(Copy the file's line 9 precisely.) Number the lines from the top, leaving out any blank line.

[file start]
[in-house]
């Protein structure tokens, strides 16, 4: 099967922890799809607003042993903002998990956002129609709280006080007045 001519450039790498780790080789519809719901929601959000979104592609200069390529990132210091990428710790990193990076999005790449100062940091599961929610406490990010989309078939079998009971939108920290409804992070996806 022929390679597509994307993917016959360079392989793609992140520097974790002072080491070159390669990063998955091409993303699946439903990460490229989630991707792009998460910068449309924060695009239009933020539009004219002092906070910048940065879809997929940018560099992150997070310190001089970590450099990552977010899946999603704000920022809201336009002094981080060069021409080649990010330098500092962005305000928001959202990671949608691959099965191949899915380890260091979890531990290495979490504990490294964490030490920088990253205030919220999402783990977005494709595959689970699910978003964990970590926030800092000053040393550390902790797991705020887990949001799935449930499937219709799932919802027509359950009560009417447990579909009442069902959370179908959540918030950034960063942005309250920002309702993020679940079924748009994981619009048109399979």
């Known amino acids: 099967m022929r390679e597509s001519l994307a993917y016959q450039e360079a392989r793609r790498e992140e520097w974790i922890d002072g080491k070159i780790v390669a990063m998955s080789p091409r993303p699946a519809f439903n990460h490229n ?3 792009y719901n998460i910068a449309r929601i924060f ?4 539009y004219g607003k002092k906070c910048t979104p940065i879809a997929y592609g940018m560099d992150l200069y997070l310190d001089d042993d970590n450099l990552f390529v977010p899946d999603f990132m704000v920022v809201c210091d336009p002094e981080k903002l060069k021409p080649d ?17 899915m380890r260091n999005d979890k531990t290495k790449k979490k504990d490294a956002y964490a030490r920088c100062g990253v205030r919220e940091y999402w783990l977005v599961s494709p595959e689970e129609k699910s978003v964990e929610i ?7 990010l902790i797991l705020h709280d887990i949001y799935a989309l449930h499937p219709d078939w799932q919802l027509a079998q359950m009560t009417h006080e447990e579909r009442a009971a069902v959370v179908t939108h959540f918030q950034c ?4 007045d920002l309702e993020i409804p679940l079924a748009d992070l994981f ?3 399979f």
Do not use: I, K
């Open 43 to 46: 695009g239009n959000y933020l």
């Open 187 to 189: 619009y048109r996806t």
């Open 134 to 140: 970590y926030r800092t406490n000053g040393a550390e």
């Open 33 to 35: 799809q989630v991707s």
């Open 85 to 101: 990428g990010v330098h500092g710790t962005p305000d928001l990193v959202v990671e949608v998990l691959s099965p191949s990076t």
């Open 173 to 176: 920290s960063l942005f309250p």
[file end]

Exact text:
């Open 85 to 101: 990428g990010v330098h500092g710790t962005p305000d928001l990193v959202v990671e949608v998990l691959s099965p191949s990076t």